XJF872807 Advertisement for the Carbolic Smoke Ball Company, 1893 (engraving) by English School, (19th century); Private Collection; (add.info.: Published in “The Illustrated London News”, 10th June 1893); English, out of copyright













Executive summery

The tasks outlined in this assignment are based on business law. The objective of exemplifying the knowledge an application of business law have been attempted in the following sections of the assignment in relation to liabilities and responsibilities of a contract starting from the definition of a contract and moving on to the respective topics specified in the assignment.

The related resulting data also have been collected from various sources like magazines,

books and Internet and have been presented accordingly. Based on the relevant data, an exploratory analysis has been conducted in order to address and explain responsibilities, liabilities and other nuances of a party to a contract.

Introduction to Contract

Before we look at the Liabilities and Responsibilities of Parties to a Contract we need to ensure that we understand what a contract is and how it comes into being. A contract is defined as an agreement, which legally binds the parties (BPP Professional Education, 2004). However there are many types of contract between two businesses such as unilateral, bilateral, specialty, simple and standard form contract (Doti Chee, 2009). Firstly unilateral contract is a legal agreement in which only one of the two parties makes legally enforceable promises. In this contract between two companies at a certain time only one party will do their duties only when a particular situation come out the other party will do their duty (BPP Professional Education, 2004). Furthermore the rule of unilateral contract is that it holds that offers can be revoked at any time prior to completion of the requested performance. The promise is enforceable only upon completion of the requested performance (Doti Chee, 2009).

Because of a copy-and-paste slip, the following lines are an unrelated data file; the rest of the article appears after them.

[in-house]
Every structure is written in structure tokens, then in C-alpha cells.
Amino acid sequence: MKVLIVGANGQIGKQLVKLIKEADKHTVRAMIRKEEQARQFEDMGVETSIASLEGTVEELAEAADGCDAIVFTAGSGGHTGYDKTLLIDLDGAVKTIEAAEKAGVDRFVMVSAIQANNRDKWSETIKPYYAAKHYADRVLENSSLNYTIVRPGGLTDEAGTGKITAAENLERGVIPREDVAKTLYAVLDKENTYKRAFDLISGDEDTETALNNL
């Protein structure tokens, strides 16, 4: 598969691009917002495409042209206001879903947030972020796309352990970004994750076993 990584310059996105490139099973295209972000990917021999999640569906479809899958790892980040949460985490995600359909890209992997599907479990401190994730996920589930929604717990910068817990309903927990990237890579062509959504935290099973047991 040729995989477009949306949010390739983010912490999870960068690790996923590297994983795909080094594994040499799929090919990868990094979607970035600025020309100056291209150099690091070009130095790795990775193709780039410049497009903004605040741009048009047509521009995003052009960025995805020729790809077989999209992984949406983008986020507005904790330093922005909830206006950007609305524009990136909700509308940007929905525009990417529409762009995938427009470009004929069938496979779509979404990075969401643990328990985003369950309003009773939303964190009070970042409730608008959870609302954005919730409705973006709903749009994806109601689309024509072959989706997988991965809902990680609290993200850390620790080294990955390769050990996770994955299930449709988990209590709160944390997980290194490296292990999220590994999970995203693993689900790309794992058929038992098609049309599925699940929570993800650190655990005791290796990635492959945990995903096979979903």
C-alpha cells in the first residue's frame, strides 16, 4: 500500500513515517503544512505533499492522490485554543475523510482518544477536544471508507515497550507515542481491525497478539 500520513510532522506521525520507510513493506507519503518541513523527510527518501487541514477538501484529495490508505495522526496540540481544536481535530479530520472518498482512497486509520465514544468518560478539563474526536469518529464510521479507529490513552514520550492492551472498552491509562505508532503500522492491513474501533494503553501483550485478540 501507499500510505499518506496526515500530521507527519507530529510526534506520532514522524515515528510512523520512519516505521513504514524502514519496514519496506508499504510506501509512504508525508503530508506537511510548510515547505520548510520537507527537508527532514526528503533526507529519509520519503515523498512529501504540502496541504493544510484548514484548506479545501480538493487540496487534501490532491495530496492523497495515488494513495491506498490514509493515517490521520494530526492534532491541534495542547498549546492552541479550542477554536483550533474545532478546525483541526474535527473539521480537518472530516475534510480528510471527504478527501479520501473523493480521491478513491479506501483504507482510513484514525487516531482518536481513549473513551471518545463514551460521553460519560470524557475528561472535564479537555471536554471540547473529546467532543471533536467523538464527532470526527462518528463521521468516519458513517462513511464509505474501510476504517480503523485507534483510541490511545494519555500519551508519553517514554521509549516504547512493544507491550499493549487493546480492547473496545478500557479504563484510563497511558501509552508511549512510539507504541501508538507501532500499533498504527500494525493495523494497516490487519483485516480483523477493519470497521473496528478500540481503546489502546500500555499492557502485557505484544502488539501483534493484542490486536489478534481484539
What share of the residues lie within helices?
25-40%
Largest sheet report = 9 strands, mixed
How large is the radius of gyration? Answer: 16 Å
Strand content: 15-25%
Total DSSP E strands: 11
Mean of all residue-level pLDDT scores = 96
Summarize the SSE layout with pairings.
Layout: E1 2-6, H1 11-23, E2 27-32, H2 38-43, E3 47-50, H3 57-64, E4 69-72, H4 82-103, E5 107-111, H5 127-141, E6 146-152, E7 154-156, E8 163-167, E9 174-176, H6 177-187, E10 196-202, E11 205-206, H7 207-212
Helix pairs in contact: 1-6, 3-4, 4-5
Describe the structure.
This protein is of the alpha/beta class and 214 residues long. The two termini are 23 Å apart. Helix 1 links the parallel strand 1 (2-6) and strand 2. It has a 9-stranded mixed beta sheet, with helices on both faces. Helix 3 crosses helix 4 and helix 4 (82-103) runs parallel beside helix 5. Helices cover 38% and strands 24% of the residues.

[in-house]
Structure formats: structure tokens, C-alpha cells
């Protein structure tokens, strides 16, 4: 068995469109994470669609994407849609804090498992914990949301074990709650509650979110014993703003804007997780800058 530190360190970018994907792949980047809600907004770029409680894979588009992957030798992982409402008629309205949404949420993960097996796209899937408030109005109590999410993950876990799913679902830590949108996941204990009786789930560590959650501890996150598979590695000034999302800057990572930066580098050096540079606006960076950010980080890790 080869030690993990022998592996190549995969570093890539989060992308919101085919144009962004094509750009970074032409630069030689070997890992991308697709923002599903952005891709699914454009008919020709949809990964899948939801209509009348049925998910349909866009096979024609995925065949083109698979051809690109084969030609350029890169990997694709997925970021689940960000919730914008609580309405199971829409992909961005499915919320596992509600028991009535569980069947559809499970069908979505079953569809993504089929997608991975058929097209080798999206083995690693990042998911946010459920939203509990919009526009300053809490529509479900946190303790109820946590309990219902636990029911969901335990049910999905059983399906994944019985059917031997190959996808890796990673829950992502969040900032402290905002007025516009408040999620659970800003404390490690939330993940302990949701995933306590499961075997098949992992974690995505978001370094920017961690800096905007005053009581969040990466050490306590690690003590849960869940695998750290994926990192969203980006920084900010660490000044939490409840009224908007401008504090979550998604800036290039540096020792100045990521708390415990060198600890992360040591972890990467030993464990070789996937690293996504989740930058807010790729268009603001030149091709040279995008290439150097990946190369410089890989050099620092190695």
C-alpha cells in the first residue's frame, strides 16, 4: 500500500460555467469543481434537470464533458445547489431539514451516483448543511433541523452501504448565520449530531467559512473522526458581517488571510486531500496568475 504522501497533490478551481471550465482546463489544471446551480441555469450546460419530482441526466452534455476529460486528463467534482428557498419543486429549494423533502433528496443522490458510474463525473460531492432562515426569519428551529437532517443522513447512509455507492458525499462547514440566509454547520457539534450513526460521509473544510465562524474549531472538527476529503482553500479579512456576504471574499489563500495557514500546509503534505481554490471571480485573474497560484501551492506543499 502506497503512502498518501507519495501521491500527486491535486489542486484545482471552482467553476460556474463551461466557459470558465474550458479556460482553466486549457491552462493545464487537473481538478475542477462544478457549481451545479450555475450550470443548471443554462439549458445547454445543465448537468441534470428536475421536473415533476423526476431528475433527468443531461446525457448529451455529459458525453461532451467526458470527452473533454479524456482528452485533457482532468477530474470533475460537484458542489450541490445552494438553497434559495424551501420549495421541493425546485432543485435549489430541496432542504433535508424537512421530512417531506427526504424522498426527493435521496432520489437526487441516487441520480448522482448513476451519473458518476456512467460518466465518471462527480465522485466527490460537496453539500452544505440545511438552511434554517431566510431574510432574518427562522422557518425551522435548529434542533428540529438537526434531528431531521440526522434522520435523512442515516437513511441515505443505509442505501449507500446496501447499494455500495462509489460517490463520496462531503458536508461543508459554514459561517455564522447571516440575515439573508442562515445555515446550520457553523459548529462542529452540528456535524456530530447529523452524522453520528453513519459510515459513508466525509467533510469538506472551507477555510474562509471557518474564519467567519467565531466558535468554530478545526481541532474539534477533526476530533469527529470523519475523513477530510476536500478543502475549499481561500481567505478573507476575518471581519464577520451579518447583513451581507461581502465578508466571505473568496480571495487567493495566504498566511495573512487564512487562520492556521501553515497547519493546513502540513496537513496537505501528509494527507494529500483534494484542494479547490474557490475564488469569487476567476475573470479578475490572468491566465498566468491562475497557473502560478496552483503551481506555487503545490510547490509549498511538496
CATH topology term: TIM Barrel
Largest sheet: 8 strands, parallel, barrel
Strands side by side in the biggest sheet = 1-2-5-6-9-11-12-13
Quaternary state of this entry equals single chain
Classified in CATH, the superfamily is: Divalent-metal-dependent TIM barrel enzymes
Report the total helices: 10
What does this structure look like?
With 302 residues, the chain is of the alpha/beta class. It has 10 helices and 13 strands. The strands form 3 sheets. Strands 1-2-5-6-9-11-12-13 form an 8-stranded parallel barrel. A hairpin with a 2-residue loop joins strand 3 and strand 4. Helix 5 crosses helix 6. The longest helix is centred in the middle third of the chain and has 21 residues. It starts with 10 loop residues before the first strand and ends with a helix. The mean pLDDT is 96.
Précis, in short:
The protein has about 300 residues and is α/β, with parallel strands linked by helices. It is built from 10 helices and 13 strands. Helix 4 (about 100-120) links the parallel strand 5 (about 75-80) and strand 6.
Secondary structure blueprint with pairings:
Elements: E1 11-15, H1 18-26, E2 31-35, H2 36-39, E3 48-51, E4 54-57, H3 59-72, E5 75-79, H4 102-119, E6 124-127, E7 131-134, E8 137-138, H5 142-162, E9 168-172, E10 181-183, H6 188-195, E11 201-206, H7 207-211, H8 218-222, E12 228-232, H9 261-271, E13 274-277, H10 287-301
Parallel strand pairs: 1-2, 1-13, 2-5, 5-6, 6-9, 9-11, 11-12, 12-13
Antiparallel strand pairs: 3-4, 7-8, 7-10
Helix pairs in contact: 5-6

One of the most famous case studies in unilateral contract is Carlill v. Carbolic Smoke Ball Co. 1892 (Referred to Appendix A) (Lawnix, accessed 2009). In this case there is a unilateral contract which was stated by Smoke Ball Co. The contract is if any person who used D’s smoke ball three times per day as directed and contracted influenza, colds, or any other disease they will receive 100 pounds by Smoke Ball Co. However, for Carlill, she purchased a ball and used it as directed and Carlill contracted influenza, it shows that she accepted the offer by performing the conditions. So the contract between both parties was valid. Furthermore it is a unilateral contract so that the rule of unilateral is applied in which when Carllil contracted influenza which means she performed the conditions of the contract and met all requirements o the contract. So after that it Smoke Ball Co.’s turn to perform their actions, which is give Carllil 100, pounds. As for the rule the promise is enforceable only upon completion of requested performance. The performance of Carllil is the requested performance so at that time, the company is bounded by the contract and they had to pay Carllil the money. The case if Carllil vs Smoke ball Co. can alsobe considered as executed consideration. It is a performed or executed act in return for a promise (BPP Professional Education, 2004).

The second type is bilateral contract, it is the contract in which both parties take responsible at the same time and both of them take promises (BPP Professional Education, 2004). It arises where let say company A promises to sell a computer to company B in return B promises to pay the purchasing price. It means that both parties will take their actions at the same time and as the rule of bilateral contract both of them are bounded by it. It means that company A will have to deliver the right product which is computer to company B at the given time and in return company B has to pay the purchase price for company A. This contract is usually seen in trading and commercial transaction. It would be breach of contract if either withdrew without the consent of the other. It also considered as executory consideration which is a promise given for a promise not a performed act (BPP Professional Education, 2004).